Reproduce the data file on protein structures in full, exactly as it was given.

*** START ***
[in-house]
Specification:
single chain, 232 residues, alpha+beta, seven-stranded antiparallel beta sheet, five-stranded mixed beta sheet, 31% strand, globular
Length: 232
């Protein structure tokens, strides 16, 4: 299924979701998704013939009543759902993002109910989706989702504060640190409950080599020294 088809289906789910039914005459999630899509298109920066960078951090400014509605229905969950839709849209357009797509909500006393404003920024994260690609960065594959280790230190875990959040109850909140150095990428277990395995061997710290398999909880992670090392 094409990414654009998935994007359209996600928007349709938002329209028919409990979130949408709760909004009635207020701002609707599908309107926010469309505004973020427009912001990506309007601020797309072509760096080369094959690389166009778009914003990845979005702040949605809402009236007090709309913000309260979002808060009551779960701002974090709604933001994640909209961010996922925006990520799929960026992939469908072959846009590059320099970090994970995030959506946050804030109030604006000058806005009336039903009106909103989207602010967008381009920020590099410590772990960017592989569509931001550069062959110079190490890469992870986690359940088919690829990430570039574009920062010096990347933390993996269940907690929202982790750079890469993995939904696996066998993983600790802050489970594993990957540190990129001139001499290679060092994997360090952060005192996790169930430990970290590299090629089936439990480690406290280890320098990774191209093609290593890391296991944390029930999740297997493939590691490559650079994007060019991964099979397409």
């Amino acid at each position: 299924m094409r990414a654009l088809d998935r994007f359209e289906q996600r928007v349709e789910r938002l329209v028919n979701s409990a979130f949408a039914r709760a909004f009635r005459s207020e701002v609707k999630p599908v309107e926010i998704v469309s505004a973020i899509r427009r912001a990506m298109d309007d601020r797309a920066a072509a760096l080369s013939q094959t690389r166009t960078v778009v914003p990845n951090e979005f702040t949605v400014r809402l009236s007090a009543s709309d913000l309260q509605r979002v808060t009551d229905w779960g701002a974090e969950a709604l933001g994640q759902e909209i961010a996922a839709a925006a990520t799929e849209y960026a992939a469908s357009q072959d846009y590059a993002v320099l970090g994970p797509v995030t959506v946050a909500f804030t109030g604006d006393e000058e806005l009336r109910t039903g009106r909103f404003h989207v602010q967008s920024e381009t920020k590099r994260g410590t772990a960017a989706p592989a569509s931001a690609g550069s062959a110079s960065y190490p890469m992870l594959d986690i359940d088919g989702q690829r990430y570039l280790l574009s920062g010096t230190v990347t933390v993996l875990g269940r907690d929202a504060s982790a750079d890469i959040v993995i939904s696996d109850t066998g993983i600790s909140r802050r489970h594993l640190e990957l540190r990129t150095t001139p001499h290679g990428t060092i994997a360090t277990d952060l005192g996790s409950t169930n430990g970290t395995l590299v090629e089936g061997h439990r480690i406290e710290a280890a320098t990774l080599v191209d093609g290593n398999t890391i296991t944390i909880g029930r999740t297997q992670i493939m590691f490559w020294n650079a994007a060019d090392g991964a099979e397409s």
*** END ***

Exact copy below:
[in-house]
Specification:
single chain, 232 residues, alpha+beta, seven-stranded antiparallel beta sheet, five-stranded mixed beta sheet, 31% strand, globular
Length: 232
């Protein structure tokens, strides 16, 4: 299924979701998704013939009543759902993002109910989706989702504060640190409950080599020294 088809289906789910039914005459999630899509298109920066960078951090400014509605229905969950839709849209357009797509909500006393404003920024994260690609960065594959280790230190875990959040109850909140150095990428277990395995061997710290398999909880992670090392 094409990414654009998935994007359209996600928007349709938002329209028919409990979130949408709760909004009635207020701002609707599908309107926010469309505004973020427009912001990506309007601020797309072509760096080369094959690389166009778009914003990845979005702040949605809402009236007090709309913000309260979002808060009551779960701002974090709604933001994640909209961010996922925006990520799929960026992939469908072959846009590059320099970090994970995030959506946050804030109030604006000058806005009336039903009106909103989207602010967008381009920020590099410590772990960017592989569509931001550069062959110079190490890469992870986690359940088919690829990430570039574009920062010096990347933390993996269940907690929202982790750079890469993995939904696996066998993983600790802050489970594993990957540190990129001139001499290679060092994997360090952060005192996790169930430990970290590299090629089936439990480690406290280890320098990774191209093609290593890391296991944390029930999740297997493939590691490559650079994007060019991964099979397409």
């Amino acid at each position: 299924m094409r990414a654009l088809d998935r994007f359209e289906q996600r928007v349709e789910r938002l329209v028919n979701s409990a979130f949408a039914r709760a909004f009635r005459s207020e701002v609707k999630p599908v309107e926010i998704v469309s505004a973020i899509r427009r912001a990506m298109d309007d601020r797309a920066a072509a760096l080369s013939q094959t690389r166009t960078v778009v914003p990845n951090e979005f702040t949605v400014r809402l009236s007090a009543s709309d913000l309260q509605r979002v808060t009551d229905w779960g701002a974090e969950a709604l933001g994640q759902e909209i961010a996922a839709a925006a990520t799929e849209y960026a992939a469908s357009q072959d846009y590059a993002v320099l970090g994970p797509v995030t959506v946050a909500f804030t109030g604006d006393e000058e806005l009336r109910t039903g009106r909103f404003h989207v602010q967008s920024e381009t920020k590099r994260g410590t772990a960017a989706p592989a569509s931001a690609g550069s062959a110079s960065y190490p890469m992870l594959d986690i359940d088919g989702q690829r990430y570039l280790l574009s920062g010096t230190v990347t933390v993996l875990g269940r907690d929202a504060s982790a750079d890469i959040v993995i939904s696996d109850t066998g993983i600790s909140r802050r489970h594993l640190e990957l540190r990129t150095t001139p001499h290679g990428t060092i994997a360090t277990d952060l005192g996790s409950t169930n430990g970290t395995l590299v090629e089936g061997h439990r480690i406290e710290a280890a320098t990774l080599v191209d093609g290593n398999t890391i296991t944390i909880g029930r999740t297997q992670i493939m590691f490559w020294n650079a994007a060019d090392g991964a099979e397409s």